Teachers throughout the Chicago Public Schools are integrating service projects with classroom curriculum every day. Project-based learning when tied to an authentic community issue becomes service-learning, a powerful teaching and learning tool for students and teachers. Teachers who have led successful projects report increased levels of student enthusiasm, performance, and engagement in the classroom. Service-learning projects enable students to bridge the gap between theory and practice as well as between classroom and community.
This page will host brief examples-divided by subject area-of successful service-learning projects from public schools in Chicago. For more examples, click here to learn about hundreds of ways that CPS teachers are guiding quality service-learning projects. We hope that these examples will inspire you to develop service projects with your classroom. Dream big, but start small. The new relations that you will develop with your students by learning in a new context will be well worth the effort.
If you are a CPS teacher and would like to contribute a project to this page,
please e-mail, fax or mail run your project to the Service Learning Initiative.
See Contact Us for mailing information.
US History and Voter Mobilization
In a U.S. History Course, students learned about the Civil Rights Movement. Two
important components of the Civil Rights Movement were the grassroots voter
registration, education, and mobilization work done by many activists and the
advocacy effort aimed at passing the Voting Rights Acts of 1964 and 1965. The
class decided to enhance their understanding of voter mobilization by
collaborating with Operation Rainbow/PUSH, a national civil rights organization
located in Chicago. Operation Rainbow/PUSH provided educational and logistical
support to help students develop their own voter turn out campaign. At the
culmination of the campaign, the teacher guided students through a process of
reflection to help them connect their experiences to the classroom study of the
Civil Rights Movement and understand the decline in voter participation over
the past decades.
The Economics of Hunger
In an Economics course, the teacher wanted students to understand the economics
of hunger. Using concepts such as supply and demand, government intervention,
and wage/price controls, the teacher hoped to demonstrate that hunger is not an
individual issue, but is the result of various forces at work within society.
In order for students to get a better understanding of the magnitude of hunger,
they spent a day at the Greater Chicago Food Depository packing and
re-packaging food for distribution among local food pantries. As a follow-up
activity, student teams were asked to identify a local food pantry, research
the organization, and volunteer at least one afternoon. Student groups returned
to class and reported their findings. The teacher incorporated their findings
into a broader discussion about both private and public responses to hunger.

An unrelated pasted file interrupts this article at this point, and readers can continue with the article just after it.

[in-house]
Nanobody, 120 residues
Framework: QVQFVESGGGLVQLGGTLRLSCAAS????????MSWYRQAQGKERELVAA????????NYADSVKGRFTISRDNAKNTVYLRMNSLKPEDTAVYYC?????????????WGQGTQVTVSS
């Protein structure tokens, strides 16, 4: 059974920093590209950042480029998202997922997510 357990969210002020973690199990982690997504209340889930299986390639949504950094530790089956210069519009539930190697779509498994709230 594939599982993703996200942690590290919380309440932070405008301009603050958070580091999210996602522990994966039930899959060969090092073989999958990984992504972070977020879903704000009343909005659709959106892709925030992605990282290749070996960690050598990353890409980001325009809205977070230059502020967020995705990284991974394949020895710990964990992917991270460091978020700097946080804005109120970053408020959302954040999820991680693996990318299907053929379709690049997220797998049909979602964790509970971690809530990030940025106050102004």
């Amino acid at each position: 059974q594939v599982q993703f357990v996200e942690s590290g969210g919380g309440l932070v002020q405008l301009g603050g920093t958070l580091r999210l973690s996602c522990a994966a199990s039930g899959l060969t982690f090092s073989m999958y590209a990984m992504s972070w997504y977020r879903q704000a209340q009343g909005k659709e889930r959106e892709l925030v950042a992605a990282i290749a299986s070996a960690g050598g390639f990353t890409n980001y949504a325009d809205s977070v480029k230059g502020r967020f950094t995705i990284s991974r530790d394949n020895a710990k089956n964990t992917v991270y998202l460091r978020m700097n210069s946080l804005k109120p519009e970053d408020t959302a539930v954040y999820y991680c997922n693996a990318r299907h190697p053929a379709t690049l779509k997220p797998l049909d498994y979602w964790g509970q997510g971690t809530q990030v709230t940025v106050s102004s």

Immigration in Chicago
A World Studies class examined immigration issues around the world as part of
their course work. In order for students to gain a deeper understanding of the
problem, the teacher partnered with a local community organization to enable
students to work in their community on the problem of immigration. Prior to
discussing a project, the teacher led students through some teambuilding
activities in order to prepare them for working on a project together. To begin
work on the project, the teacher invited guest speakers in to discuss the local
issues related to immigration. One speaker discussed the problem of work
conditions for day laborers, many of whom are immigrants. A second speaker
discussed immigrant documentation, specifically referencing a federal
initiative that enabled documented immigrants to help family members who were
not documented. The students decided to work on the federal initiative to
document family members. After receiving training in the documentation process
from lawyers specializing in immigration issues, the students hosted a day at a
local congregation to begin the documentation process of immigrants. Two
hundred local residents attended on that day and received assistance from
students and legal experts. The teacher completed the experience by tying the
action back to classroom work and helped the students to reflect on their work
Environmental Science and Invasive Species
In an Environmental Science course, students learned about the concept of
biodiversity and its importance in the natural world. During their studies,
students read about a variety of threats to biodiversity in nature including
invasive species. The teacher made a contact with a local forest preserve and
organized a trip to study and plant and animal life at the preserve including
invasive species. The students spent part of the day clearing a prairie area of
invasive buckthorn. The class decided to return to continue their work clearing
invasive plants, because they learned that native plants only flourish if
invasive plants are contained. After the trip, the teacher guided students
through a process of reflection where they considered various strategies to
contain invasive species and discussed what might be done to control the
introduction of invasive species.